“How much did you pay in the end?”

“The rates depend on the itawaha [protection money] each ruling family charges.”

“This is hurub al-ridah [wars of apostasy] all over again. And the district wouldn’t even pay the PRSA zakat [alms] for their atmospheric processors and the hydroponics we loaned them.”

“What can I say, they believe in self-financing.” He decided not to tell him how much he had to pay on the border checkpoint between the Lebanese district and the Syrian one. The atmosphere was tense enough.

“Using strong-arm tactics,” the controller added.

“But they’re doing good in the diamond business. They’re digging up more mines as we spe…”

“Instead of growing crops. What about the Egyptian quarter?”

“Better. The farmers are doing great work with the Martian soil. It’s just like the Western desert, they say.” He paused.


“They still can’t get the permits they need. And…”


“They’re fighting over the land rights. The courts can’t handle all the inheritance claims.”

“Are all the buildings right next to each other, in violation of the UN humanitarian dwellings codes?”

The man nodded, begrudgingly. On the inside, he wanted to laugh.

The controller let out a long sigh. He was an Egyptian himself.

“Look at the bright side,” his agent consoled. “Malaysia’s got two colonies there, and they’re thriving. Iran’s got a city, a mega-city, outside of the Israeli iron belt. And Turkey’s making headway too.”

“Making headway against the Iranians, you mean.”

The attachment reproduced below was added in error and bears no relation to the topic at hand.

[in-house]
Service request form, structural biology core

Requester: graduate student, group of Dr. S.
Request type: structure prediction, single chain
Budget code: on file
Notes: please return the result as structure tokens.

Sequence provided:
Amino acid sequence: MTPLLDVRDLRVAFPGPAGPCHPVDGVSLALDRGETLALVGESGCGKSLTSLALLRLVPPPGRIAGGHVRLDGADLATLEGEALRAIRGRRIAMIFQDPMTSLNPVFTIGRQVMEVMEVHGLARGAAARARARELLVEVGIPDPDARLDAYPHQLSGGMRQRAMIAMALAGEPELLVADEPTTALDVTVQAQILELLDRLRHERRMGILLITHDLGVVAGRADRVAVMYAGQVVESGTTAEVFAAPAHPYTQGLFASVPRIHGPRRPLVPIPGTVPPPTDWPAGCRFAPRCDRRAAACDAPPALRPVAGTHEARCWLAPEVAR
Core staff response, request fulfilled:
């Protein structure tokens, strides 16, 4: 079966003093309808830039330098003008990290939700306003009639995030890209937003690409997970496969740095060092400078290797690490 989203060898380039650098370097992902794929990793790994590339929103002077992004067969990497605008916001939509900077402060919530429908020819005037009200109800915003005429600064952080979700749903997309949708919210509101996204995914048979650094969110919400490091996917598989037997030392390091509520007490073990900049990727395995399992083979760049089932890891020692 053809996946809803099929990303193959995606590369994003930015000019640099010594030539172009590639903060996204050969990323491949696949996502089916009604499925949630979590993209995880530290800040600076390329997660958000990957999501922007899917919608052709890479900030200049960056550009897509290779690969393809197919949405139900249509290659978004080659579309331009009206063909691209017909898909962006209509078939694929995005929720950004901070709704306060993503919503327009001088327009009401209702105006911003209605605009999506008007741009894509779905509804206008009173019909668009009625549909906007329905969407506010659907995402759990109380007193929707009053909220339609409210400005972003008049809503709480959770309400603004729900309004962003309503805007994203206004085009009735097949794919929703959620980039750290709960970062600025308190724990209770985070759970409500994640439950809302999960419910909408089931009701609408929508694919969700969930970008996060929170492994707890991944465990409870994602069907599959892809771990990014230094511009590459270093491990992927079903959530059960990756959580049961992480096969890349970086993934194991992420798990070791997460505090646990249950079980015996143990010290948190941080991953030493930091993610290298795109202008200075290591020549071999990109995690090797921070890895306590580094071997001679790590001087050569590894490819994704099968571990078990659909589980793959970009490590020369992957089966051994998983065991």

“In the end, at least ‘somebody’ is going to be well-placed up against the Israelis, when push comes to shove.”

“Just not us.” He looked at his watch. It monitored his heartbeat, brain electroencephalographic activity and stomach acidity levels, in addition to telling him the time and temperature. The only thing left was the quality of life for the day.

“Saladin was a Kurd,” his agent was fond of reminding him.

“Yes, and you’re a Palestinian,” the controller spat back at him. “Any suggestions?”

“Keep plowing the fields and hope you strike oil,” he said, not entirely off the top of his head.

“You mean before the Israelis.”

“That too!”




Dr. Emad El-Din Aysha is a British-born Palestinian of mixed Arabic heritage who attained his BA, MA and PhD at the University of Sheffield, starting out in economics and philosophy and moving onto international studies. He grew up in England, Egypt and Kuwait and speaks Arabic ‘almost’ as good as English. He is currently a part-time academic, freelance journalist, reviewer (cinema and literature) and translator in Cairo, Egypt, shuttling back and forth between three continents. He has two great loves in life, history and science fiction. One dealing with the past, the other the future, but ultimately one and the same thing – studying man through time. He is also trying his hand at Islamic poetry, albeit in English.

For a compendium, carefully selected, of his works please see: